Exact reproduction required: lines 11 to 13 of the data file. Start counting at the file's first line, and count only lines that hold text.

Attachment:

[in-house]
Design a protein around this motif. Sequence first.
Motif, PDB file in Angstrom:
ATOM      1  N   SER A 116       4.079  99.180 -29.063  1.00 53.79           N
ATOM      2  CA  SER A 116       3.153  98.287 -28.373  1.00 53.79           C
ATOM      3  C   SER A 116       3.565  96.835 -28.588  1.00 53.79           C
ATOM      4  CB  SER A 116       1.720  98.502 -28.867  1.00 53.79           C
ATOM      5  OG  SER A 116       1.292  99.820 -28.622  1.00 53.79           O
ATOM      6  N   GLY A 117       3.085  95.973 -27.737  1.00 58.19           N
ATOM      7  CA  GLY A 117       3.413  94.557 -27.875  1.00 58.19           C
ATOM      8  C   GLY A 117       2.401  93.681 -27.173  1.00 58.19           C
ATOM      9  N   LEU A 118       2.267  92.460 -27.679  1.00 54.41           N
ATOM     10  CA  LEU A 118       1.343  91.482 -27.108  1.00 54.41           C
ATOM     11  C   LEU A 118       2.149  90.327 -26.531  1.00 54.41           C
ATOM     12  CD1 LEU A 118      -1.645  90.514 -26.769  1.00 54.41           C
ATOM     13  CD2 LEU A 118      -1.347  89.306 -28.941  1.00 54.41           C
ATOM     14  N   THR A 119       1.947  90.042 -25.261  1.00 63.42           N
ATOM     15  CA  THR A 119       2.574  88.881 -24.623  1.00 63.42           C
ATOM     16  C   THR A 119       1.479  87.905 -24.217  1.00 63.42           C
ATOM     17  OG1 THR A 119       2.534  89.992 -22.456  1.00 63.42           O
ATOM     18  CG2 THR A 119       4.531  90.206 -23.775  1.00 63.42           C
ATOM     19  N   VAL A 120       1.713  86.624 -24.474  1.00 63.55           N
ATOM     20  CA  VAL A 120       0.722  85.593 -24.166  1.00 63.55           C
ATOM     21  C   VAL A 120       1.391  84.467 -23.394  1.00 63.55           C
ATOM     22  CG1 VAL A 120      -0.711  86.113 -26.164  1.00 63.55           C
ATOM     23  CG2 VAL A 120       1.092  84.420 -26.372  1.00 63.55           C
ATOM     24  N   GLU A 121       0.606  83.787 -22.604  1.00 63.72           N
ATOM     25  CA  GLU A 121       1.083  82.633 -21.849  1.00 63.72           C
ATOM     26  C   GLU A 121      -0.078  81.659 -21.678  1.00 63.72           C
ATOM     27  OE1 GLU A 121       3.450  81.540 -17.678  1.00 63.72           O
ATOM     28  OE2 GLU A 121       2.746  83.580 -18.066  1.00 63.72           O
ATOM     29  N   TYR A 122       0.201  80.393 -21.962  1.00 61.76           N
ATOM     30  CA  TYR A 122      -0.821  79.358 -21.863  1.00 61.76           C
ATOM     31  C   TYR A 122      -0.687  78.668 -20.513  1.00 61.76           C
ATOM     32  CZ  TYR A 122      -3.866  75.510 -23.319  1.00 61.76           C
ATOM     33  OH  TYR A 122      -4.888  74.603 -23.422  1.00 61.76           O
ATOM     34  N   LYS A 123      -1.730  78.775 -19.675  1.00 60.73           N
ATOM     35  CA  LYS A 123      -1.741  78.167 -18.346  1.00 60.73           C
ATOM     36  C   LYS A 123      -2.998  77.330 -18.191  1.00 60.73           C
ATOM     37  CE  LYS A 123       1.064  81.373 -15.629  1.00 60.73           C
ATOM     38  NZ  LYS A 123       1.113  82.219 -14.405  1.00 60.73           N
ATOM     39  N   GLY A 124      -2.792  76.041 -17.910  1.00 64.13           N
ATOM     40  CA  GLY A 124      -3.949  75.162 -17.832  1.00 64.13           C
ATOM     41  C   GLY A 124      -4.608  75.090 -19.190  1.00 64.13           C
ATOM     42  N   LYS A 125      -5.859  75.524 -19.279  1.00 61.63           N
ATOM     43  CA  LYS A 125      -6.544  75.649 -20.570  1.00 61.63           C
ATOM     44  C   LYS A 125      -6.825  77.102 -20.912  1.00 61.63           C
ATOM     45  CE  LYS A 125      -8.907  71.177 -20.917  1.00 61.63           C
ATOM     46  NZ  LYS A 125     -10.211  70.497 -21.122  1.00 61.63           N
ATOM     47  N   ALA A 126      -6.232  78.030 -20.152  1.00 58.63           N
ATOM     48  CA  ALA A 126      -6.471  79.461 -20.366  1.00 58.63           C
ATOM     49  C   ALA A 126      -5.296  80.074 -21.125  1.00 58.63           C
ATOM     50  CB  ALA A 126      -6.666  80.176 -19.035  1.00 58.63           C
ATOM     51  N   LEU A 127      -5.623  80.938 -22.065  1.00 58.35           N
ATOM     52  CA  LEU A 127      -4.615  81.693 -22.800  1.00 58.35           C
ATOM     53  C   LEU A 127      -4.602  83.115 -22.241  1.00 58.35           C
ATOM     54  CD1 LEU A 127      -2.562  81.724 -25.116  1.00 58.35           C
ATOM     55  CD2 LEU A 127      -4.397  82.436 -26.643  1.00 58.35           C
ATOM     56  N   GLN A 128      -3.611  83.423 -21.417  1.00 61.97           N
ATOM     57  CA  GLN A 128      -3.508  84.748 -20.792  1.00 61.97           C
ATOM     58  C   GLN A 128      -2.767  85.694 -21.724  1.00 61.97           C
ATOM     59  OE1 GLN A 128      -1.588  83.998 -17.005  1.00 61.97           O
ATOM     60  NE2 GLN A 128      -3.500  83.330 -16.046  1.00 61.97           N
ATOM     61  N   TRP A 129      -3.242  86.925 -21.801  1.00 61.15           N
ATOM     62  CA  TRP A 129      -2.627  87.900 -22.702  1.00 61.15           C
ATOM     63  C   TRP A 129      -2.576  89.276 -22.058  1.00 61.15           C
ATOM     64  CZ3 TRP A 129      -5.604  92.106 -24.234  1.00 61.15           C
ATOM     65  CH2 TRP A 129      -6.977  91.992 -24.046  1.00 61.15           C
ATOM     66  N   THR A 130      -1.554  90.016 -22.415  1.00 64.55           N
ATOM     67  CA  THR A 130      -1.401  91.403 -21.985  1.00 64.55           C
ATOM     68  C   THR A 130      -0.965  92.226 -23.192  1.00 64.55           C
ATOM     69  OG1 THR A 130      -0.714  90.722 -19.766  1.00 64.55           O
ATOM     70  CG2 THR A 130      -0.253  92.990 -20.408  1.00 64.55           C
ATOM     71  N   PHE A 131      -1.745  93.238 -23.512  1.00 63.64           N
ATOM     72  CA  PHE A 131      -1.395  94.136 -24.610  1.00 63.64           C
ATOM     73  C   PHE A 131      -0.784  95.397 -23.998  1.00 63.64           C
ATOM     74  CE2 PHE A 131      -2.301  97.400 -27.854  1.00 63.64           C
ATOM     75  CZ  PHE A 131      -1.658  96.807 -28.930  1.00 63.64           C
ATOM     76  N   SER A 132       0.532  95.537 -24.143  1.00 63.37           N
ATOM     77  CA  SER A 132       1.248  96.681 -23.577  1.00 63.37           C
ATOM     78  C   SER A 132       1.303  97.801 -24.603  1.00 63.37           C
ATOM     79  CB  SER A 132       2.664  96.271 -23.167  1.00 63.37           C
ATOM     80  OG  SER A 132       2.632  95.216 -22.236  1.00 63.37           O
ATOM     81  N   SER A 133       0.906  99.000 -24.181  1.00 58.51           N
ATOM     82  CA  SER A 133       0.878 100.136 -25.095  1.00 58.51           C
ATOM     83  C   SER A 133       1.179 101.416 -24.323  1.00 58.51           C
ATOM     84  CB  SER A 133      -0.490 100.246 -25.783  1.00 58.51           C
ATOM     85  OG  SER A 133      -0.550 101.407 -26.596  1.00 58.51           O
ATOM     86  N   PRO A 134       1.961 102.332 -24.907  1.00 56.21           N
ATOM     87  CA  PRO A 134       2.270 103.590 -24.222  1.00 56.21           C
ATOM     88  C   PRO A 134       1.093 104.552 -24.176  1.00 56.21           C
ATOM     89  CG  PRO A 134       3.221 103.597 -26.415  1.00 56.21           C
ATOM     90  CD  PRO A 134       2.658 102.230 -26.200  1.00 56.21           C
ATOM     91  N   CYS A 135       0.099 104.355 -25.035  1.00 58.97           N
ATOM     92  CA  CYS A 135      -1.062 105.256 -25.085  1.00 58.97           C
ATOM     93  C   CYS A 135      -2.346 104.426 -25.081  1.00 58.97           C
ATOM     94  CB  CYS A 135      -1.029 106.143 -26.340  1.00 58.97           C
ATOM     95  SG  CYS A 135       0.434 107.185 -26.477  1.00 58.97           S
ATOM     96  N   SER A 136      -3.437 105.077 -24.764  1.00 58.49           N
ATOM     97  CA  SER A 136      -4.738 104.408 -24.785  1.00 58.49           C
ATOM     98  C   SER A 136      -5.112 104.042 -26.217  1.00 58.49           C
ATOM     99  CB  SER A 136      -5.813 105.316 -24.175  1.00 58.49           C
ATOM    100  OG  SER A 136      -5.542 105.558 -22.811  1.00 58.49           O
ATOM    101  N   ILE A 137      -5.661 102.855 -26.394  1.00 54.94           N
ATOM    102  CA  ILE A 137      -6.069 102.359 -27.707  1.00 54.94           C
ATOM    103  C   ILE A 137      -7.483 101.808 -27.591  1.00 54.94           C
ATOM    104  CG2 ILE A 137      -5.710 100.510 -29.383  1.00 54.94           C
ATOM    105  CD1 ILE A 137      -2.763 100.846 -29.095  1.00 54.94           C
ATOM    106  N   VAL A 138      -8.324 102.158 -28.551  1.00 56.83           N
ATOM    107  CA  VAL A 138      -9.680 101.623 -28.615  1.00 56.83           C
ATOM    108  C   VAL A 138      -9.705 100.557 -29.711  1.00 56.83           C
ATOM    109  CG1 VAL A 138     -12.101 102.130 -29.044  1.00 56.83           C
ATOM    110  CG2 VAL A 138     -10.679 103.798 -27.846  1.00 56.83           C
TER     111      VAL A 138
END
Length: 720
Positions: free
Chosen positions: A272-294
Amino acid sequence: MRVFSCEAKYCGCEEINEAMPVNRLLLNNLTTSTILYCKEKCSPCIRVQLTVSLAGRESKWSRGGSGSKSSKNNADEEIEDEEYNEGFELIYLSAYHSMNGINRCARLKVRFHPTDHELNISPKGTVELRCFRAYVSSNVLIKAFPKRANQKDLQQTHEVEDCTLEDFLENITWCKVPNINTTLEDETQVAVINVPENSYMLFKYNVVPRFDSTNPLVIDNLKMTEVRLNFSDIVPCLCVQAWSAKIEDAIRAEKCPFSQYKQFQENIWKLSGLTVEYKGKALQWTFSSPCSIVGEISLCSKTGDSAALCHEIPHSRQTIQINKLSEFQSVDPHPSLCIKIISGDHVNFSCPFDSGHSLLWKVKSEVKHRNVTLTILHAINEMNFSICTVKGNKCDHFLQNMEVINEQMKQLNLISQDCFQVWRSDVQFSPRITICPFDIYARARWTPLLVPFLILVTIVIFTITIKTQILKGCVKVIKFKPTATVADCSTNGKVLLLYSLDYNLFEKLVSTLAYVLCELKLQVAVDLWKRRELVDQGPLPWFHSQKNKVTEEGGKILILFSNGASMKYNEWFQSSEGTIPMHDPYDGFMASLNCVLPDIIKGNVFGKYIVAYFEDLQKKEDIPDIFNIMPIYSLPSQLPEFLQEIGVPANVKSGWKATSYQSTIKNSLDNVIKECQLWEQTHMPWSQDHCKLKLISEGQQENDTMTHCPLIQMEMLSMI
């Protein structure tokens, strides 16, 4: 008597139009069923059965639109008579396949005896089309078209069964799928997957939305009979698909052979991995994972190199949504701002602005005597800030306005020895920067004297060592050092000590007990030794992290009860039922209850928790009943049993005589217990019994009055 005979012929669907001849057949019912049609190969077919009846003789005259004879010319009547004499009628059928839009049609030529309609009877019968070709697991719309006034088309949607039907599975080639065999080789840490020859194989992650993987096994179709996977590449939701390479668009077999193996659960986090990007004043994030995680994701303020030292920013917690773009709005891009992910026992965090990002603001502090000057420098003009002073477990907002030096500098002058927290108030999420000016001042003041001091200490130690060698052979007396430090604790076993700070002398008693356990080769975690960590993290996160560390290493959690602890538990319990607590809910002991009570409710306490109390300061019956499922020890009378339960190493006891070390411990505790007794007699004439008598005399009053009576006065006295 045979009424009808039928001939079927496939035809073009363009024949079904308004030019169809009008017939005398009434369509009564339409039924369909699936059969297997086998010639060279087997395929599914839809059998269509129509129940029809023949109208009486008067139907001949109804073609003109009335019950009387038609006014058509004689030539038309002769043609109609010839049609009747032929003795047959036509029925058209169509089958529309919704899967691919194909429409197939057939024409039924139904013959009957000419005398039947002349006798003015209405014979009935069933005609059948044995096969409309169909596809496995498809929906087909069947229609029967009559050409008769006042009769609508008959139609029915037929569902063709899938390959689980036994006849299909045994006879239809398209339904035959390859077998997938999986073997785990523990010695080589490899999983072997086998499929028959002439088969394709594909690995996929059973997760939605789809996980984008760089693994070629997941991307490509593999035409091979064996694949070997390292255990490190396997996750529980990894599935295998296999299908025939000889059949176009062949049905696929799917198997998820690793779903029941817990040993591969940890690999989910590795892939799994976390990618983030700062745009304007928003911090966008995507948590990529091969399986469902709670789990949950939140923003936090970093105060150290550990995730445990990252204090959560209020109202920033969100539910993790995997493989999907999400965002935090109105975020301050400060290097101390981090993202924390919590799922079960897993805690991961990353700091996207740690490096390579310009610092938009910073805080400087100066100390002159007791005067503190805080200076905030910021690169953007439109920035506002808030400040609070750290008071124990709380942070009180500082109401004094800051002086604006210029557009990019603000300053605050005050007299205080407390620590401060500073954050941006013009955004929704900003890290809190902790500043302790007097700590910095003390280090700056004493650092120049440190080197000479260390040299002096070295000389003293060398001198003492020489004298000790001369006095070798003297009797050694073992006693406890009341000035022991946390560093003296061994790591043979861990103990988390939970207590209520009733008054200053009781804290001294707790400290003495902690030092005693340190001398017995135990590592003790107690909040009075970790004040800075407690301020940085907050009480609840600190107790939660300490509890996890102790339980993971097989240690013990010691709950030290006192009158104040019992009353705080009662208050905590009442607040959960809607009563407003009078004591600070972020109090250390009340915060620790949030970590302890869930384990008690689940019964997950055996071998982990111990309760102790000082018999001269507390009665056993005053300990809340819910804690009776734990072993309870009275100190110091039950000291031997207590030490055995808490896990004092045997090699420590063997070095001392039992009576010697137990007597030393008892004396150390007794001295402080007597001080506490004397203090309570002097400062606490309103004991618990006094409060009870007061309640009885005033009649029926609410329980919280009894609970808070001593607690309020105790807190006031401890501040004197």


ATOM      8  C   GLY A 117       2.401  93.681 -27.173  1.00 58.19           C
ATOM      9  N   LEU A 118       2.267  92.460 -27.679  1.00 54.41           N
ATOM     10  CA  LEU A 118       1.343  91.482 -27.108  1.00 54.41           C